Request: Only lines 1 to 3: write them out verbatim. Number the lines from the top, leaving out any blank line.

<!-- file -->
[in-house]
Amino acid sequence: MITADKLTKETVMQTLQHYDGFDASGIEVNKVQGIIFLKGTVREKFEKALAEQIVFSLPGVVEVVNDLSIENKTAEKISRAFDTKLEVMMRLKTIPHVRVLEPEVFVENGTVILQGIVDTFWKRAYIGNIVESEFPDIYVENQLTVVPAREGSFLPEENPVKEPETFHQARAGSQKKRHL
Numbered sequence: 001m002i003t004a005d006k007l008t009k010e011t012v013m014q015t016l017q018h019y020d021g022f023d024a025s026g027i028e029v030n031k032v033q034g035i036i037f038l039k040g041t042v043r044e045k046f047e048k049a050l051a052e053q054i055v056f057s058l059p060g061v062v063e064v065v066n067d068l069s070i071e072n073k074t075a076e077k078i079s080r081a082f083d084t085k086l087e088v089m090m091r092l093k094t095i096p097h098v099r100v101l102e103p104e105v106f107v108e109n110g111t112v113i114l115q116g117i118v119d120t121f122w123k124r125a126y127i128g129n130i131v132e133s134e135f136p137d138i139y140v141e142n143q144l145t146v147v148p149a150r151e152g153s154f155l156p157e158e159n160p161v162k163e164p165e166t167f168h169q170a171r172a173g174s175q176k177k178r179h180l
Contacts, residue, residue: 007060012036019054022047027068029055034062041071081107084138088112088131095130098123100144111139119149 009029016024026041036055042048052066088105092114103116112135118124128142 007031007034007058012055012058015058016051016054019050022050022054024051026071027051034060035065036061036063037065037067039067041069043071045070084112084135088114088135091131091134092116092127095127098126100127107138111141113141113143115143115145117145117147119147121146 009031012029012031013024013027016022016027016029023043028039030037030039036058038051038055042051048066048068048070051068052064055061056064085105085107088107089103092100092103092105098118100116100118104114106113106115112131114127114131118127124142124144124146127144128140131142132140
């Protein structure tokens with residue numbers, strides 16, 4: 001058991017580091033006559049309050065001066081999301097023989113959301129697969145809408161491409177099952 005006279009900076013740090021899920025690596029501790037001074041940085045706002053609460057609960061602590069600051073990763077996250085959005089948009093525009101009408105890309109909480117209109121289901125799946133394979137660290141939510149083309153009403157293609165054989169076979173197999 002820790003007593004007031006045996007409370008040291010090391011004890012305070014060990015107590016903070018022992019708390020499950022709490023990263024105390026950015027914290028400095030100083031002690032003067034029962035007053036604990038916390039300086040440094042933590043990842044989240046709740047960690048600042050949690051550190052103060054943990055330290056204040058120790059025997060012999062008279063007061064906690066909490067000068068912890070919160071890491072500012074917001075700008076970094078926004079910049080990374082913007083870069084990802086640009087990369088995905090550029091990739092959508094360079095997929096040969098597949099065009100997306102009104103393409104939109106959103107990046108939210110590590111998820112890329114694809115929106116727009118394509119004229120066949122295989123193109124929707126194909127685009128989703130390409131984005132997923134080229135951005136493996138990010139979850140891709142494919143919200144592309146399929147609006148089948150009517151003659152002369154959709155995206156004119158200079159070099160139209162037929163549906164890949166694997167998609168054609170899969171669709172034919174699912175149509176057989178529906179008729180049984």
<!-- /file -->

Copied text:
[in-house]
Amino acid sequence: MITADKLTKETVMQTLQHYDGFDASGIEVNKVQGIIFLKGTVREKFEKALAEQIVFSLPGVVEVVNDLSIENKTAEKISRAFDTKLEVMMRLKTIPHVRVLEPEVFVENGTVILQGIVDTFWKRAYIGNIVESEFPDIYVENQLTVVPAREGSFLPEENPVKEPETFHQARAGSQKKRHL
Numbered sequence: 001m002i003t004a005d006k007l008t009k010e011t012v013m014q015t016l017q018h019y020d021g022f023d024a025s026g027i028e029v030n031k032v033q034g035i036i037f038l039k040g041t042v043r044e045k046f047e048k049a050l051a052e053q054i055v056f057s058l059p060g061v062v063e064v065v066n067d068l069s070i071e072n073k074t075a076e077k078i079s080r081a082f083d084t085k086l087e088v089m090m091r092l093k094t095i096p097h098v099r100v101l102e103p104e105v106f107v108e109n110g111t112v113i114l115q116g117i118v119d120t121f122w123k124r125a126y127i128g129n130i131v132e133s134e135f136p137d138i139y140v141e142n143q144l145t146v147v148p149a150r151e152g153s154f155l156p157e158e159n160p161v162k163e164p165e166t167f168h169q170a171r172a173g174s175q176k177k178r179h180l